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Trace metal chemistry of hydrothermal plumes

Trace metal chemistry of hydrothermal plumes
Trace metal chemistry of hydrothermal plumes
This thesis examines the nature of trace metal cycling in hydrothermal plumes, which have only recently been recognized as a significant source of Fe to the oceans. To study the influence of hydrothermal vents and their plumes on global trace metal cycles, two “black smoker” type vents and a previously unrecognized type of off-axis venting are examined. The trace metal chemistry of previously uncharacterized vents from the Von Damm vent field (VDVF) and the Beebe vent field (BVF) on the Mid-Cayman Rise (MCR) are described along with the processes of colloid formation in plumes over the Mid-Cayman Rise. Also Fe isotope analyses of a hydrothermal plume in the Southern Ocean reveals distinct isotope signatures to deep-waters dependent on plume chemistry.


The role of soluble, colloidal and particulate partitioning of trace metals is understood to mediate the entire inventory of hydrothermal trace metals entering the ocean. In plumes over the MCR colloids are found to dominate dissolved iron (dFe) (48 to 87 % at Beebe and 14 to 81 % at Von Damm) in hydrothermal plumes. At Beebe soluble Fe (sFe) remains stable throughout plume dispersion, while particulate Fe is enriched (~25 %) by aggregating colloids. In the Von Damm plume colloidal Fe (cFe) and sFe maxima appear in the most dispersed regions of the plume where particulate Fe (pFe) is low. Plume processing of cFe and pFe will control the flux of dFe to the deep ocean from hydrothermal systems. This study shows that in order to accurately model the flux of dFe from vents, the behaviour of cFe needs to be incorporated into models of hydrothermal vent dFe fluxes, which at present do not consider these processes.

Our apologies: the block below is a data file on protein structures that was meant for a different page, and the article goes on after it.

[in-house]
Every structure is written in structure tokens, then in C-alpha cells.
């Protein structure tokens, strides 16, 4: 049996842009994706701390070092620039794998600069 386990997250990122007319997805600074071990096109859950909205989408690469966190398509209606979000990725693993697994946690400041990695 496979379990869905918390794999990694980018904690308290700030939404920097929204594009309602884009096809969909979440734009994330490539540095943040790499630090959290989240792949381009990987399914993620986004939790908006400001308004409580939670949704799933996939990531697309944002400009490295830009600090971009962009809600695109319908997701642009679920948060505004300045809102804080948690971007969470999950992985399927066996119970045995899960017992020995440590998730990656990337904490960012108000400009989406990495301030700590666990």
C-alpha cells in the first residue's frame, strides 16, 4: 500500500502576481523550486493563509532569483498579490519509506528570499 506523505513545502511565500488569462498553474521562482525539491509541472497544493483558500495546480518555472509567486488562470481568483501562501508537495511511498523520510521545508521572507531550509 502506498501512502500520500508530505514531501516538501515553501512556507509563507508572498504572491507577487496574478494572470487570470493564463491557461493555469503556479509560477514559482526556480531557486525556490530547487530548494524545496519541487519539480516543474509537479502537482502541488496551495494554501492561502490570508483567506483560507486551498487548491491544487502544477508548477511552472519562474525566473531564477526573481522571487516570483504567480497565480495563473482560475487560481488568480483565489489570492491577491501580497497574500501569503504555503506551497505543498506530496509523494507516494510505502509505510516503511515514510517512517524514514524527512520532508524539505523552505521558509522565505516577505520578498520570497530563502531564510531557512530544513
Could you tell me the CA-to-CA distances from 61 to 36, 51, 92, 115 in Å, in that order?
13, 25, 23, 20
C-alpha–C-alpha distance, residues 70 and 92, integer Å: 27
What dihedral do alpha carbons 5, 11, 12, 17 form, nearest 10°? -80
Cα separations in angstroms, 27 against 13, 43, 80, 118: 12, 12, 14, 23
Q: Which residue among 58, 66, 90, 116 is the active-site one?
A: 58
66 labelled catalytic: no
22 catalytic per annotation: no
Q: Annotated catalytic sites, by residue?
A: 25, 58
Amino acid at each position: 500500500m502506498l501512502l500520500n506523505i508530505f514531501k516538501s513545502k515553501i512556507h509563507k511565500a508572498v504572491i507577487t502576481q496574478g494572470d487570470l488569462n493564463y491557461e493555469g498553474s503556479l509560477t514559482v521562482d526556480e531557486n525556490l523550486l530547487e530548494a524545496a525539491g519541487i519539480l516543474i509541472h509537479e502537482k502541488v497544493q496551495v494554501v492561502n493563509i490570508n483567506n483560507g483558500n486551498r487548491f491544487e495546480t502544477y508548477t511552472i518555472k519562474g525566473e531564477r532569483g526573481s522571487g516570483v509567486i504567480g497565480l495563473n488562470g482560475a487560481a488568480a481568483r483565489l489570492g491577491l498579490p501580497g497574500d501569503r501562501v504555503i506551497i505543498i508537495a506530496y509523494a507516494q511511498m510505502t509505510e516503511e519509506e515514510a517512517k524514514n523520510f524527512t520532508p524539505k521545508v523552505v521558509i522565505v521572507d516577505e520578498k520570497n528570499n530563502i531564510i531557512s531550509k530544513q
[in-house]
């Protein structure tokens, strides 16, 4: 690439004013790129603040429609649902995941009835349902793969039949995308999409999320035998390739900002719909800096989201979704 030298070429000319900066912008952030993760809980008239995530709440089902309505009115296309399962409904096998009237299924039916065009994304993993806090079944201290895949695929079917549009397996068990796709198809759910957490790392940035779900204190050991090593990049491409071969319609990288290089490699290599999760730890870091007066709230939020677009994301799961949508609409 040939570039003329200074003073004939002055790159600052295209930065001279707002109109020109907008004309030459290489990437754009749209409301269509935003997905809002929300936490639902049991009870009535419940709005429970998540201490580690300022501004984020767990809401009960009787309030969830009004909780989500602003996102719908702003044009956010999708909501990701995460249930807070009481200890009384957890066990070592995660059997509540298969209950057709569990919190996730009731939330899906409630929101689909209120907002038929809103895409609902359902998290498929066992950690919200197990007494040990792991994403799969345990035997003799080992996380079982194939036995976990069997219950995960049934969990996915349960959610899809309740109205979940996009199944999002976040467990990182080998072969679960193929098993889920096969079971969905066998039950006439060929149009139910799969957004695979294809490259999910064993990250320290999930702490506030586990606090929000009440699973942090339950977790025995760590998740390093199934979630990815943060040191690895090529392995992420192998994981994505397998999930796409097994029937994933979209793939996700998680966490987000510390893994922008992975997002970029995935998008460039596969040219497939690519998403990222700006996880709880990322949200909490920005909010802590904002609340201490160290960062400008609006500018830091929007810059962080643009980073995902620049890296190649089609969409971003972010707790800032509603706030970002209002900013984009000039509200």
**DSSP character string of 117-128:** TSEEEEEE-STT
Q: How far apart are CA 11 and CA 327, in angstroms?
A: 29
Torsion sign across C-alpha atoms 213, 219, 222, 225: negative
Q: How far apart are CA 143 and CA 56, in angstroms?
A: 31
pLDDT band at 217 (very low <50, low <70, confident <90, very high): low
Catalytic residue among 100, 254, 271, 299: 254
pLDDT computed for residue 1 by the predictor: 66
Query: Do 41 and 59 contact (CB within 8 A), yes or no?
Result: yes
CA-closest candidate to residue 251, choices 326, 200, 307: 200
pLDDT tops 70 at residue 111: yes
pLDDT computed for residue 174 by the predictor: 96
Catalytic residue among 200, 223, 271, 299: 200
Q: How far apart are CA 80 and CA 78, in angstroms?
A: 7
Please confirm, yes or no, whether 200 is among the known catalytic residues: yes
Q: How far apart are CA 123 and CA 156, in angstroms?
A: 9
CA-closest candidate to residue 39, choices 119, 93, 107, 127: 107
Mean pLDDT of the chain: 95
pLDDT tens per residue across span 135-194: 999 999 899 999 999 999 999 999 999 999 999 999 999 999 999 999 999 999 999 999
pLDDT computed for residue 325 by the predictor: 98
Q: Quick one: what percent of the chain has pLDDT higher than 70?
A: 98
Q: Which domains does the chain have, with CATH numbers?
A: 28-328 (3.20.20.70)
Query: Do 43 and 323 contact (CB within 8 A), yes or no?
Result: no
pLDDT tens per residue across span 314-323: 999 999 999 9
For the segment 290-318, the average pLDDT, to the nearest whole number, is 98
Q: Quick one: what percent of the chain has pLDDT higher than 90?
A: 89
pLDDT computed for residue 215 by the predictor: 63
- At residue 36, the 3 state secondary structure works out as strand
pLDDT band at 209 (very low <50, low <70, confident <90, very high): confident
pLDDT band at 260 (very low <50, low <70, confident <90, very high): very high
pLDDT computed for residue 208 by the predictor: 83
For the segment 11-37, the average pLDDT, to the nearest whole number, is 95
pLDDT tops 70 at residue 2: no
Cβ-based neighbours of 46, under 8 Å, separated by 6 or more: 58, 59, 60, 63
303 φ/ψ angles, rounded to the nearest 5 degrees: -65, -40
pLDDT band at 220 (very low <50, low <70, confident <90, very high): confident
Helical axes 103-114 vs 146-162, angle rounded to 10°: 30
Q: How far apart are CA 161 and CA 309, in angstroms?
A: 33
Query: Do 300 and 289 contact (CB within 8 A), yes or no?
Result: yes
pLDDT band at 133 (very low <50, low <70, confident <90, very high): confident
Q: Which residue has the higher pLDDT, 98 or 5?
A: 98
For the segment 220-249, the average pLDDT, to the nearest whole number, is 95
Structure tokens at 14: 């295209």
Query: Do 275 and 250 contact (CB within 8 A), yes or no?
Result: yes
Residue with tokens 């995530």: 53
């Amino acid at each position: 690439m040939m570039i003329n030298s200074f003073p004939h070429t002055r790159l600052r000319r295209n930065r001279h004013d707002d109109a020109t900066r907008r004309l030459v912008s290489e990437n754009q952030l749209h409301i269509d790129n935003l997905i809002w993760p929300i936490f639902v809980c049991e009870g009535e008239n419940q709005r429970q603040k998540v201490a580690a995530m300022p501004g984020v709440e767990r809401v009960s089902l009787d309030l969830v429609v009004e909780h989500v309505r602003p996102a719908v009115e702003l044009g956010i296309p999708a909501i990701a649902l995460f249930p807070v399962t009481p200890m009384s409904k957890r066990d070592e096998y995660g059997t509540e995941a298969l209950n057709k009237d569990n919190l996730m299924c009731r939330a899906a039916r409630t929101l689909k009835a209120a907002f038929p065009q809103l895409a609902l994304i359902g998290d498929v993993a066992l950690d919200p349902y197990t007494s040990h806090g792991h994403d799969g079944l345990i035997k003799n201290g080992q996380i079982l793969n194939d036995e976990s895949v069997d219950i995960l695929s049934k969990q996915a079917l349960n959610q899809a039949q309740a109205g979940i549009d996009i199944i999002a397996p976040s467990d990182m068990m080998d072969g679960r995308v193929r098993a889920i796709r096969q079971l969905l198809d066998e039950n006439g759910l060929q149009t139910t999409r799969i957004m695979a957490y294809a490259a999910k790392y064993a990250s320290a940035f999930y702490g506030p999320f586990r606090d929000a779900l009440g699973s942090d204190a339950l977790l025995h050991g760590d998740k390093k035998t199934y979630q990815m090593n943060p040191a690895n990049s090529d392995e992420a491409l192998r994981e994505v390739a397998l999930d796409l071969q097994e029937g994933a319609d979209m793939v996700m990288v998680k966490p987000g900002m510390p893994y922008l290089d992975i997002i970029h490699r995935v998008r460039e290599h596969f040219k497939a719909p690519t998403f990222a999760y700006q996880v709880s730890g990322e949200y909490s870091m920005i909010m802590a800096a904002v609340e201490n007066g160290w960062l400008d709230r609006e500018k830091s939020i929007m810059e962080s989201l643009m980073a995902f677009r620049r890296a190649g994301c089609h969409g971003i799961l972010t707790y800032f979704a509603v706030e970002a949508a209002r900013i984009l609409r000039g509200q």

Iron isotopes provide a means to measure the impact of hydrothermal venting on the oceanic Fe inventory, but no studies have examined the mechanism producing hydrothermal dFe isotope compositions. This study demonstrates that ?56Fe values of dFe (?56dFe) within the hydrothermal plume change dramatically during plume dispersal, ranging from -2.39 ± 0.05 ‰ to -0.13 ± 0.06 ‰ (2 SD). The isotopic composition of total dissolvable Fe (?56TDFe) was consistently heavier than dFe consistent with Fe oxyhydroxide precipitation as the plume ages. It is estimated that stable dFe exported from the plume will have a ?56dFe of -0.28 ‰, and this provides the first highly resolved constraint on hydrothermal plumes as a source of dFe isotopes to the ocean interior. This suggests that this distinctive isotope signature can be used to trace plume dFe inputs to the deep ocean. This will help constrain the impact of hydrothermal Fe on ocean biogeochemistry.
Lough, Alastair Jason Mackenzie
322ad339-e43e-455f-9140-47e7d9638ed5
Lough, Alastair Jason Mackenzie
322ad339-e43e-455f-9140-47e7d9638ed5
Mills, Rachel
a664f299-1a34-4b63-9988-1e599b756706

Lough, Alastair Jason Mackenzie (2016) Trace metal chemistry of hydrothermal plumes. University of Southampton, Ocean & Earth Science, Doctoral Thesis, 229pp.

Record type: Thesis (Doctoral)

Abstract